If it were possible, would you rather travel back in the past or forward to the future? Why?
If you could travel back in time, when and where would you go? Why?
Some 240 million years ago, nearly all of the land on Earth was part of an enormous supercontinent known as Pangea. Because of plate tectonics, Earth's surface is always changing. What do you think Earth's surface will look like 240 million years into the future?
According to the article, the Ancient Earth interactive map shows how land on Earth's surface has changed over time. It also offers 26 timeline options, brief descriptions of chosen time periods and has toggle display options related to globe rotation, lightning and cloud coverage. What other options would you add to make this app even better?
- Prior to conducting this activity, access the Ancient Earth interactive map. Using your school's address, select various time periods and work with the app's other tools until you fully understand all it has to offer.
- As a class, in pairs, or small groups, give students access to the app. Have them enter the school's address and give them time to explore how the area around your school has changed over millions of years.
- Instruct students to read all of the content on the screen each time they change the settings so they get as much information as possible. Challenge them to identify the most significant changes that have taken place over time. Encourage them to take detailed notes recording what they learn.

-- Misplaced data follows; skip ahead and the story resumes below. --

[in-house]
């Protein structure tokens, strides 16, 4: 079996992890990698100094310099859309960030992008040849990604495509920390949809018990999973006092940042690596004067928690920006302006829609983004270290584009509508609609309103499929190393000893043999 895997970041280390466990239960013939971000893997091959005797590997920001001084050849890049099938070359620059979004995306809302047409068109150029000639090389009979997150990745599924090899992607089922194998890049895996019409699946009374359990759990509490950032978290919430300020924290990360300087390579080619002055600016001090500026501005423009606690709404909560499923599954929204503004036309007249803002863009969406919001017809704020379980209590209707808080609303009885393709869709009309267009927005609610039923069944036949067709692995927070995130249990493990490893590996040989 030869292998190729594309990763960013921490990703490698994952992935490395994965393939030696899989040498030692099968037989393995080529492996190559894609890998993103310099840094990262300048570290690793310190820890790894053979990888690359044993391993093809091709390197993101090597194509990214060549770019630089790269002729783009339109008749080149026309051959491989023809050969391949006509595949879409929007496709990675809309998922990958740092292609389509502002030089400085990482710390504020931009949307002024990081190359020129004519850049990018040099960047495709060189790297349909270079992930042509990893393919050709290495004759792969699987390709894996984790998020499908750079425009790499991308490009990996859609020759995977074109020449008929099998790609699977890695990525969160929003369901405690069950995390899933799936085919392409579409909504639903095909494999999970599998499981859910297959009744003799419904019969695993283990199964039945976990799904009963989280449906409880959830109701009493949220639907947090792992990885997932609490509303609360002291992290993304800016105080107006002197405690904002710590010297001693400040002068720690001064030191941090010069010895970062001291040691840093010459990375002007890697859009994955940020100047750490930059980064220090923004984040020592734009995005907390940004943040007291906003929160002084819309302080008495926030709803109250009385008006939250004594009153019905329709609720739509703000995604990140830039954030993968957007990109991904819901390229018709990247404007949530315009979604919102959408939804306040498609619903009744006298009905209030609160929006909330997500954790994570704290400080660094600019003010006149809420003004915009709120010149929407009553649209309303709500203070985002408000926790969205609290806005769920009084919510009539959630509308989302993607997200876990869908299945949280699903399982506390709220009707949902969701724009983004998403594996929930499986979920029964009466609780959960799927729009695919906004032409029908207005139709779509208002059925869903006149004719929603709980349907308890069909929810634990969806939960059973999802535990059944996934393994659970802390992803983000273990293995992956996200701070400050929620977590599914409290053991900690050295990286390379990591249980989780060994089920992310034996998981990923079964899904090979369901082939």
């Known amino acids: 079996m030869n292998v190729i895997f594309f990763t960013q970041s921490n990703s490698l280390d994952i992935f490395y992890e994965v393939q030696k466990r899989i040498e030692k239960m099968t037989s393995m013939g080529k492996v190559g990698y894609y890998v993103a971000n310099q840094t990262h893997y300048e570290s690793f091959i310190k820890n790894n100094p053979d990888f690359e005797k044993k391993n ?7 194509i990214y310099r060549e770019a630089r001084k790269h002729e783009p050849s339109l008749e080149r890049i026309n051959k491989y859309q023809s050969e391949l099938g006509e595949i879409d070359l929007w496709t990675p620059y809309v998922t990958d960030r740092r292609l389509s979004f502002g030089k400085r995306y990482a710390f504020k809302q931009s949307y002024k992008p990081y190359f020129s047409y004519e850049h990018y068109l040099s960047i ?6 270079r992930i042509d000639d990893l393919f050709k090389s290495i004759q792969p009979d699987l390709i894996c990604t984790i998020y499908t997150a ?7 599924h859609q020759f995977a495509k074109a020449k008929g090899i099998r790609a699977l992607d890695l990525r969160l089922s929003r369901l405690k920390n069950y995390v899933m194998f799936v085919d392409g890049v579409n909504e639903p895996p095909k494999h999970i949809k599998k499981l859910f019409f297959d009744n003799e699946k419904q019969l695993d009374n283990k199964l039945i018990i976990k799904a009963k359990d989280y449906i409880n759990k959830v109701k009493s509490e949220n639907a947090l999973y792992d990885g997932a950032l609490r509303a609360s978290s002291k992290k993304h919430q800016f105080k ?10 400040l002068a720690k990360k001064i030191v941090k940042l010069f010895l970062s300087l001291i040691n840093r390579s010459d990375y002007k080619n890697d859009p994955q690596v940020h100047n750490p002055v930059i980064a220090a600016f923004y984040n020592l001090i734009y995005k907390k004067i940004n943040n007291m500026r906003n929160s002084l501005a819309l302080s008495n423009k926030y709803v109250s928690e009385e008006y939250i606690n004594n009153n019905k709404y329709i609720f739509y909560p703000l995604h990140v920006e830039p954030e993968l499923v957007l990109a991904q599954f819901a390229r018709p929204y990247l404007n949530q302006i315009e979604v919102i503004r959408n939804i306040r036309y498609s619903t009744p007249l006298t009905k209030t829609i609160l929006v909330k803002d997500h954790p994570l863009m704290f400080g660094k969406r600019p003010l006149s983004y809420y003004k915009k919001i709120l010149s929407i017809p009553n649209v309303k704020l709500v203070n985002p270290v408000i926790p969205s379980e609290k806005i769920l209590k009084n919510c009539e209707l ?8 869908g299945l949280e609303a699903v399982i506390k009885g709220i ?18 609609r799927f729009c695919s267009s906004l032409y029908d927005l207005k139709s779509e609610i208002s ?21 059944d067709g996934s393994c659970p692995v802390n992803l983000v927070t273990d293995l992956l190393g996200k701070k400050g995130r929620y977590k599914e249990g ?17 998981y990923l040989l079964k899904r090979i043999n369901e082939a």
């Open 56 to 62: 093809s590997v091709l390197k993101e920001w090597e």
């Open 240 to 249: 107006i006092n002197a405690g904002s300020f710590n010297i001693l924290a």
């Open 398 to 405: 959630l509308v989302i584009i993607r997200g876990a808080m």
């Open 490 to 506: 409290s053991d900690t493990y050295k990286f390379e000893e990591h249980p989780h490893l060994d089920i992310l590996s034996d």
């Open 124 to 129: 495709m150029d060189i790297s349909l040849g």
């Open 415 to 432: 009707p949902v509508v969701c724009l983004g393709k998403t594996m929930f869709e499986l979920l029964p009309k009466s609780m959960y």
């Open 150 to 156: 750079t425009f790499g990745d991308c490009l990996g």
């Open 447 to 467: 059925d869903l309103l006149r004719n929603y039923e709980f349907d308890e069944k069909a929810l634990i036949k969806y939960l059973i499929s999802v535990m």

- Using their notes as a guideline, instruct students to write a brief essay describing how the area where you live has changed over time. Challenge them to be as factual and descriptive as possible.
CUSTOMIZE THE LESSON:
Introduce students to plate tectonics, Alfred Wegener’s theory about continental drift and more with this expansive unit from the Smithsonian Institution, U.S. Geological Survey, and U.S. Naval Research Laboratory.
Watch this National Museum of Natural History video to see how mapping the location of volcanic eruptions and earthquakes can tell us where plate boundaries are. Dr. Elizabeth Cottrell explains how the plates interact and how volcanic eruptions usually cause earthquakes.
In this lesson from the Cooper-Hewitt, Smithsonian Design Museum, students will bring in photos and personal items which they will use to illustrate important events in a timeline format. They will design and build a self-standing album, attaching various 2-D and 3-D objects, to create an expressive journal illustrating the important events and objects in their lives.
Invite students to play their way through the last 600 million years with “Evolve or Perish,” the new National Museum of Natural History’s Evolution of Terrestrial Ecosystems (ETE) board game.
These Paleontology teaching resources from the National Museum of Natural History include short articles written by Smithsonian museum educators; a popular paleontology blog; curated collections of links to lessons, activities, posters, worksheets and more; and videos featuring Smithsonian scientists and experts.
In this lesson from the Cooper-Hewitt, Smithsonian Design Museum, students will research, explore and experience a space they choose to examine and then attempt to create models of the space in the past, present and future.
To explain the exceedingly long life of the planet, the Smithsonian’s new fossil hall designers began with this arboreal wonder. Read this Smithsonian magazine article to learn why.